Dimension - parameter, characteristic. Axes, in the context of geometry, planes, plots etc. Column, in the context of RDBMS (relational database management system) and OLAP (online analytical processing). For example, age, gender, height, color, coordinates, time etc.
Cardinality - the number of elements in dimension (originally in a set). For example, gender is a dimension with low cardinality, coordinates is a dimension with high cardinality.
Continuous, discrete - dimension is continuous if it can be divided infinitely into smaller pieces, typically applicable only for platonic ideas. For example, space and time considered as continuous. In practice, all measurements taken by humans and information which we can store in computers is discrete because it is limited by the precision of measurement tools. So when we deal with continuous dimensions in computers we're actually dealing with the discrete approximation (typically with high cardinality).
Comparable, uncomparable - numerical dimensions are comparable because numbers can be compared and hence sorted. But there are characteristics, which are uncomparable - you can't say one item is bigger (brighter, heavier etc.) than other. For example, gender is an uncomparable dimension. You can sort genders alphabetically, but it has no sense and in a different language, sorting can change.
Categorization - when you deal with dimension with high cardinality (higher than you need) you can lower cardinality, by grouping items. For example, instead of building a graph for all values of age you can create two categories: more than or equal to 50 years, less than 50 years.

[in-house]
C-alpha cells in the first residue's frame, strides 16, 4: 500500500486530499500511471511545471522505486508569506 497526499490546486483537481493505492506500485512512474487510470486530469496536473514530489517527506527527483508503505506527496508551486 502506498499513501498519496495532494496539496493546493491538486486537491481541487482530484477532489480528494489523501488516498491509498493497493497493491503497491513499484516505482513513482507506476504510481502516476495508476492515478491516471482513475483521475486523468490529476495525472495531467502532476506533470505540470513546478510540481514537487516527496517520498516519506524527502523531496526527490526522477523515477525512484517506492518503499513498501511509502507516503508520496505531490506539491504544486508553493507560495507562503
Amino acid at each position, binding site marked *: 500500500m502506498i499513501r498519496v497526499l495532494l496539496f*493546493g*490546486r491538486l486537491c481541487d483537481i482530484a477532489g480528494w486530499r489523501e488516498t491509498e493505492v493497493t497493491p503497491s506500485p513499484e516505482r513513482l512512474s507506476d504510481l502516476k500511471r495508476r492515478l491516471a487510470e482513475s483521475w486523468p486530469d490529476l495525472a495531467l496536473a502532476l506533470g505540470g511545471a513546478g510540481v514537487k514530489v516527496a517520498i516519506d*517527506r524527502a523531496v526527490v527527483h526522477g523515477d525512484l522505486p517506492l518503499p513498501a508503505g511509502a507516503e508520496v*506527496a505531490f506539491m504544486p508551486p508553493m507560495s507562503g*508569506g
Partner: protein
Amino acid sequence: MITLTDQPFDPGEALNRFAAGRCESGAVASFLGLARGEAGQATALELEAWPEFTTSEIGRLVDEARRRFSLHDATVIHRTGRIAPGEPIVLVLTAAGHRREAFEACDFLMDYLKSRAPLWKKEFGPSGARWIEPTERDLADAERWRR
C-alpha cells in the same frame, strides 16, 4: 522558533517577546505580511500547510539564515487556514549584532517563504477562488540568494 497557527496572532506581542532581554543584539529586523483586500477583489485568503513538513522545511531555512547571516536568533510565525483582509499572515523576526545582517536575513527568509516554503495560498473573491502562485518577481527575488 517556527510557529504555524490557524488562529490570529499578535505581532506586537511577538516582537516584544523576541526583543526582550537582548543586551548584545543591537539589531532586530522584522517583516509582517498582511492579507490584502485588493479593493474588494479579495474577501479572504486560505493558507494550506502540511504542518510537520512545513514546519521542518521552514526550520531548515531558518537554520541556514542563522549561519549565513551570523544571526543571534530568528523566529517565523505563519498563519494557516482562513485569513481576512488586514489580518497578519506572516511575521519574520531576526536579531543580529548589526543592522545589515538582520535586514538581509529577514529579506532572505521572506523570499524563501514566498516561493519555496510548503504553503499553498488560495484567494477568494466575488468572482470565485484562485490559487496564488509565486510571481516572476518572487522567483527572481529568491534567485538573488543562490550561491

Cartesian product - (originally from set theory), all possible combinations of values from two dimensions. For example, the geometric plane consists of points which can be represented by 2 coordinate axes (hence 2-dimensional or Cartesian coordinate system). Or we have two dimensions with low cardinality we can use a Cartesian product, to create one dimension. For example, we have data about population gender (male, female, non-binary) and age, using categorization for age (>= 50, < 50) and Cartesian product we can achieve one dimension with 6 values.
Coordinate system - a combination of one or more dimension. For example, a Cartesian coordinate system (used for simple plots), a polar coordinate system, geographical coordinate system (latitude and longitude) etc.
Projection - is a way to represent one type of dimensional system in the different dimensional system (transformation). For example, there are ways to represent 3-dimensional space in 2-dimensional space, like
multiview projection, axonometric projection; there are ways to represent earth surface on the map, like Mercator and other. Projection can introduce some kind loss of information (like axonometric projection) or distortion (like Mercator).
Scale - is the reference of how big or small original coordinates in comparison to what given plot shows. For example, the linear scale used in maps or logarithmic scale used when quantity varies highly, but we interested in details of big and small quantities.
Outlier or anomaly - a person or thing that is atypical within a particular group, class, or category. This term applied to the data rather than visualization, but we can mark separately outliers on the plots.
Graph - a network of points connected by lines (mathematical term). In data visualization, we are talking about the visual representation of the mathematical term. The main idea of graphs is to show relationships between elements. In this sense, it doesn't differ from other visualizations which the main purpose is to show relationships between dimensions.
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